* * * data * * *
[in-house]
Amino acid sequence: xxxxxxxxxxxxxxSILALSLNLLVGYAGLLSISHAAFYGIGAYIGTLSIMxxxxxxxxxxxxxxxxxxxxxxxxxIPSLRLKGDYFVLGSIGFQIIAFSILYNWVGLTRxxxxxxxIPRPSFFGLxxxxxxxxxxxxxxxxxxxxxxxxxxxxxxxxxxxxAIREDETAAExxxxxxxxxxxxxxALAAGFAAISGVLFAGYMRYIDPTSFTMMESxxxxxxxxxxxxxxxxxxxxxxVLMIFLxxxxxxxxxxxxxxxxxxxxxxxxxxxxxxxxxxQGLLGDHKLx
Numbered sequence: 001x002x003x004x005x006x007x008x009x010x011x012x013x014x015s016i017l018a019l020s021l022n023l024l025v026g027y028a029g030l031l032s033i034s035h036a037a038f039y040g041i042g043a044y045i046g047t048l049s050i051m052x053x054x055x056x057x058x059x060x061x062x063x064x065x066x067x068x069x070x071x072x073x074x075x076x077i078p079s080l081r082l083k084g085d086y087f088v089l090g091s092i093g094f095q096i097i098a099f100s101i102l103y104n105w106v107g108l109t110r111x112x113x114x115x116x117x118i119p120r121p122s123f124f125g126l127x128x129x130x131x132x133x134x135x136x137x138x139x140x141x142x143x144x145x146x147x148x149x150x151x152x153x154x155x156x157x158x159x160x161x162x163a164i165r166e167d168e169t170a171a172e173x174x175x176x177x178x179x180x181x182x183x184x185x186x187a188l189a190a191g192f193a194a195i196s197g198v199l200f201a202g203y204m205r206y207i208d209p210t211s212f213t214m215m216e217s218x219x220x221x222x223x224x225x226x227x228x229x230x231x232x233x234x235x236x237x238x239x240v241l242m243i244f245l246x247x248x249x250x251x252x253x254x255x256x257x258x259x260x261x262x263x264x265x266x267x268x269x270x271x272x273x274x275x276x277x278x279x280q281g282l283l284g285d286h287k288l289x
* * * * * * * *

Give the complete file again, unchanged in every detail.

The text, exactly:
[in-house]
Amino acid sequence: xxxxxxxxxxxxxxSILALSLNLLVGYAGLLSISHAAFYGIGAYIGTLSIMxxxxxxxxxxxxxxxxxxxxxxxxxIPSLRLKGDYFVLGSIGFQIIAFSILYNWVGLTRxxxxxxxIPRPSFFGLxxxxxxxxxxxxxxxxxxxxxxxxxxxxxxxxxxxxAIREDETAAExxxxxxxxxxxxxxALAAGFAAISGVLFAGYMRYIDPTSFTMMESxxxxxxxxxxxxxxxxxxxxxxVLMIFLxxxxxxxxxxxxxxxxxxxxxxxxxxxxxxxxxxQGLLGDHKLx
Numbered sequence: 001x002x003x004x005x006x007x008x009x010x011x012x013x014x015s016i017l018a019l020s021l022n023l024l025v026g027y028a029g030l031l032s033i034s035h036a037a038f039y040g041i042g043a044y045i046g047t048l049s050i051m052x053x054x055x056x057x058x059x060x061x062x063x064x065x066x067x068x069x070x071x072x073x074x075x076x077i078p079s080l081r082l083k084g085d086y087f088v089l090g091s092i093g094f095q096i097i098a099f100s101i102l103y104n105w106v107g108l109t110r111x112x113x114x115x116x117x118i119p120r121p122s123f124f125g126l127x128x129x130x131x132x133x134x135x136x137x138x139x140x141x142x143x144x145x146x147x148x149x150x151x152x153x154x155x156x157x158x159x160x161x162x163a164i165r166e167d168e169t170a171a172e173x174x175x176x177x178x179x180x181x182x183x184x185x186x187a188l189a190a191g192f193a194a195i196s197g198v199l200f201a202g203y204m205r206y207i208d209p210t211s212f213t214m215m216e217s218x219x220x221x222x223x224x225x226x227x228x229x230x231x232x233x234x235x236x237x238x239x240v241l242m243i244f245l246x247x248x249x250x251x252x253x254x255x256x257x258x259x260x261x262x263x264x265x266x267x268x269x270x271x272x273x274x275x276x277x278x279x280q281g282l283l284g285d286h287k288l289x